Flash Fiction: Spare Cash (846 words)

Kessa always looked impossibly clean, her jacket and breeches all in their natural browns, but looking like they’d been blown fresh off the drying line. Her ash-blonde hair always hung straight down her back, like newly-woven cloth. Her skin stayed pale, even in the summer sun, and her blue eyes always looked like they’d just been painted on in sharp strokes, still shining wet.

Kynbessne figured it was because Kessa spent most of her hours invisible. Even dirt couldn’t find her.

That seemed to be the way Kessa liked it. Kynbessne had gotten used to the weird conversations with no eyes to meet, startling beginnings, and abrupt endings. She had almost managed to keep her heart from turning her veins into a race track whenever the other woman spoke. She could tell that it took some energy to keep hidden, but there was always a smile in Kessa’s tone when she surprised her with a statement from open air. She seemed to enjoy keeping Kynbessne on her heels, loved even more listening to her search when she needed her, and Kynbessne resigned herself to the fact that Kessa just liked playing these games.

Except when it came time to argue with Jennika.

Then Kessa stepped through the door like a normal human being – often slammed it shut behind her – and pulled up a chair to talk. Sitting across from her, always looking like she’d forgotten to scrub behind her ears that morning, Jennika made Kessa look like a freshly shined knife waiting for its first slice.

“Good mornin’,” Jennika said, as if it was not unusual to be having a conversation face-to-face with the blonde. She sat forward in her chair, leaned her forearms against the table and wrapped her hands around her mug. Her dark curly hair was haphazardly tied under a green scarf, and her mouth was tilted up in its permanent smile.

“Morning,” Kessa said.

Kynbessne leaned back against the cupboards the lined one wall of the ship’s cabin, and watched over her own steaming mug of coffee. Catching the slight movement, Jennika flicked a look at her. For just a moment, her smile sparked in her eyes, and then she was looking at Kessa again, calm and sleepy.

“How are you?” Jennika asked.

Kessa turned away, already exasperated. “We shouldn’t be here anymore.”

Jennika snorted.

Kessa snapped back to look at her. “We’ve been in port for five months.”

“Yes,” Jennika said. “I’d love t’leave.”

“Liar,” Kessa hissed.

Jennika looked surprised for a full breath, then continued with what she’d planned to say. “It takes money to load the ship. Which means we need a job before we can scoot out of the harbor.”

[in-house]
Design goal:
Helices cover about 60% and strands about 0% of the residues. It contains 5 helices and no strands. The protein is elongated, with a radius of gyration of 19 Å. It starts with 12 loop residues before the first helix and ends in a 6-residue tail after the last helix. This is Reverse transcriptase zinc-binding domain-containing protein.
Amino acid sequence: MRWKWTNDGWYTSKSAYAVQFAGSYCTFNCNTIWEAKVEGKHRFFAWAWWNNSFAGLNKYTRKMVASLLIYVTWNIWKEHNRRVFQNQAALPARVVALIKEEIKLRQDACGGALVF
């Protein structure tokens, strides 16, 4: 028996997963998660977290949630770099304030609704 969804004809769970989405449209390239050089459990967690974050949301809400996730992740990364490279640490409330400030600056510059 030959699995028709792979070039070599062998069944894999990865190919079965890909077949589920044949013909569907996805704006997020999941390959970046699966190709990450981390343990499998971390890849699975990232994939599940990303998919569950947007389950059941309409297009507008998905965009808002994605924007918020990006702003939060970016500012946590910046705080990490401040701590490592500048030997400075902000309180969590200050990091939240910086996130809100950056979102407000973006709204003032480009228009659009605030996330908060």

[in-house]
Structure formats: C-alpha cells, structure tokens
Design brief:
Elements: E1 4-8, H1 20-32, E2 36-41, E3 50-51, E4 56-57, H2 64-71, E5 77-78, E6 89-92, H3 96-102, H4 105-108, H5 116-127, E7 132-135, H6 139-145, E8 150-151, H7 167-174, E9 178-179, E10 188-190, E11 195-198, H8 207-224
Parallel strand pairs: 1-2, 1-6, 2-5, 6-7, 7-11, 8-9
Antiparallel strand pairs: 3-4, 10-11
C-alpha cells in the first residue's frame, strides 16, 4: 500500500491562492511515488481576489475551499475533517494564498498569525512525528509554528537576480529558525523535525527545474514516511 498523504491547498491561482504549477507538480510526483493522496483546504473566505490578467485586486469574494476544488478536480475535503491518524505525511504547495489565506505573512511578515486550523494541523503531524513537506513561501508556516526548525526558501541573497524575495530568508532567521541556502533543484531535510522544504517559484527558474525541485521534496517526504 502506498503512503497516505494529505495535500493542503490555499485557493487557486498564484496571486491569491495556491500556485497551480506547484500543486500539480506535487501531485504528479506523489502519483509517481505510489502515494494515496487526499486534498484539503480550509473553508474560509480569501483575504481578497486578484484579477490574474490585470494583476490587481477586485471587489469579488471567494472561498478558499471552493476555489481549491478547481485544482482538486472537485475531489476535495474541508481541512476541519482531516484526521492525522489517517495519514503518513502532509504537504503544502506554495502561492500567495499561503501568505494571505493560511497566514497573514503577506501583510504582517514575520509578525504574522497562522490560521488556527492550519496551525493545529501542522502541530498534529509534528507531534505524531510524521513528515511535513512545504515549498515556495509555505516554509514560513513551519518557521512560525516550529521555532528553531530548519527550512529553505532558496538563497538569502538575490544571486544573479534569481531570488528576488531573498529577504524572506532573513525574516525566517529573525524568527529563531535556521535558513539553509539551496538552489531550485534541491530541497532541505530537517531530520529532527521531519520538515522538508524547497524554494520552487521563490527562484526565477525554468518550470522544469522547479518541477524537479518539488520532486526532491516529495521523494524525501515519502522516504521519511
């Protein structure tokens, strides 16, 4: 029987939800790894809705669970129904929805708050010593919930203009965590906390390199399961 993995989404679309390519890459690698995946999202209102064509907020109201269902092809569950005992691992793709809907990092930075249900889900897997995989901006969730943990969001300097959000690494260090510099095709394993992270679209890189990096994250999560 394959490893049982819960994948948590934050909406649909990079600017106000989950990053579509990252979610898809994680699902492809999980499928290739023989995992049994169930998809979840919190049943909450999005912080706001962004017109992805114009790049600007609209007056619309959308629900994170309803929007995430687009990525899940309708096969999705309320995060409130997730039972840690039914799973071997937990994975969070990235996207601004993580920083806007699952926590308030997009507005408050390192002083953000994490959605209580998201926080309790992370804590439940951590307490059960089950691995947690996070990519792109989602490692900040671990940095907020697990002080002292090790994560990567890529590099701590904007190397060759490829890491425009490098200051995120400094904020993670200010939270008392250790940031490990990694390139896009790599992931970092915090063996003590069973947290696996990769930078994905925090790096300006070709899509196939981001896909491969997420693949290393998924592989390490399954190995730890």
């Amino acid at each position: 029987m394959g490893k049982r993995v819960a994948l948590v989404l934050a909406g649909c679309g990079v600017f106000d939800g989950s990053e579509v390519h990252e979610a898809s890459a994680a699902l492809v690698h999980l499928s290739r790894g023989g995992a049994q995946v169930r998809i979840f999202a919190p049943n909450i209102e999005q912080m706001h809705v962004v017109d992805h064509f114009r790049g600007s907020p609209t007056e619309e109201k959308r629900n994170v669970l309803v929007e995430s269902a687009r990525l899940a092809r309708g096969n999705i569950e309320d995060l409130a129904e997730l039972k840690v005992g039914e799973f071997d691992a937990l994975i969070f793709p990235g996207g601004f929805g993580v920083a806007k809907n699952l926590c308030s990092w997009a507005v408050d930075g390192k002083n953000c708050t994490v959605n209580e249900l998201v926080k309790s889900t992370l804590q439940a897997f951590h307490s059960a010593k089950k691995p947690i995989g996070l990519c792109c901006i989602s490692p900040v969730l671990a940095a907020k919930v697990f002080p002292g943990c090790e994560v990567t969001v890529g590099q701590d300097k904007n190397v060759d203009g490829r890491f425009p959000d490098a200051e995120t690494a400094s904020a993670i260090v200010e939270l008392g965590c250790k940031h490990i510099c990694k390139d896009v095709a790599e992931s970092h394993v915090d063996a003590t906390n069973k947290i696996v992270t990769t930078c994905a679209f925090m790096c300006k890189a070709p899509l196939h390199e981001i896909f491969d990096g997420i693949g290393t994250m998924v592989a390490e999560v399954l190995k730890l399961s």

“Please,” Kessa said. She leaned over the table, back still perfectly straight. “A little thing like money’s never stopped you before. Can’t you just pick something up the next time you take a walk?”

Blinking, eyebrows raised, Jennika shook her head. “No.”

Kynbessne laughed quietly into her mug.

“Liar,” Kessa said again. “You want to be here.”

Jennika shook her head again. “No.”

Kessa seethed. Her jaw tightened. Stubbornly refusing to take her eyes off Jennika, she seemed to pin herself to her seat, unwilling to get up and walk away and tumbling through her thoughts for something else to say. Kynbessne bit her lip. She wasn’t sure what she could say either.

“Maybe,” Kessa began quietly. “We could just collect your bounty.” Her eyes flicked back up to Jennika, waiting to see the other woman flinch.

Nodding, like she was considering it, Jennika looked at the ceiling. “The only one I have is two towns over. It’s not much. It wouldn’t even pay your way to go claim it.”

“For Jennika Hael,” Kessa pointed out. “But how many names have you had? How many towns have you smashed through? It has to be worth our while…”

“Twenty-four names,” Jennika said smoothly. “Fourteen cities willing to pay independent bounties. Forty-three thousand gold. So, yeah…” She smiled. “Worth your while.”

Kynbessne stared. Kessa leaned back, like she was stunned by the number.

“Why do you…” she breathed.

Jennika shrugged. “It’s always good to know how much cash you can scrape together on short notice.”

“And you have a plan?” Kessa asked slowly. “To get all your bounties without giving up your head?”

Jenny grinned. “Yes.”

“But not to get us out of this port?” Kessa demanded.

Jennika laughed. “Of course, I do.” Draining her mug, she pushed her chair back and stood. Kessa’s mouth dropped open, like she couldn’t believe the other woman was going to be the one to slip away and end the conversation. Jennika only gave her a lazy salute and headed for the door.

“You know,” Kessa called after her. She twisted in her chair to watch Jennika leave. “We could come up with a plan of our own for those bounties.”

“You’d need all my names,” Jennika called back and disappeared through the door.

Kessa whirled toward Kynbessne.

Kynbessne raised her hands innocently. “I only know two of them.”

And Kessa winked out of sight.


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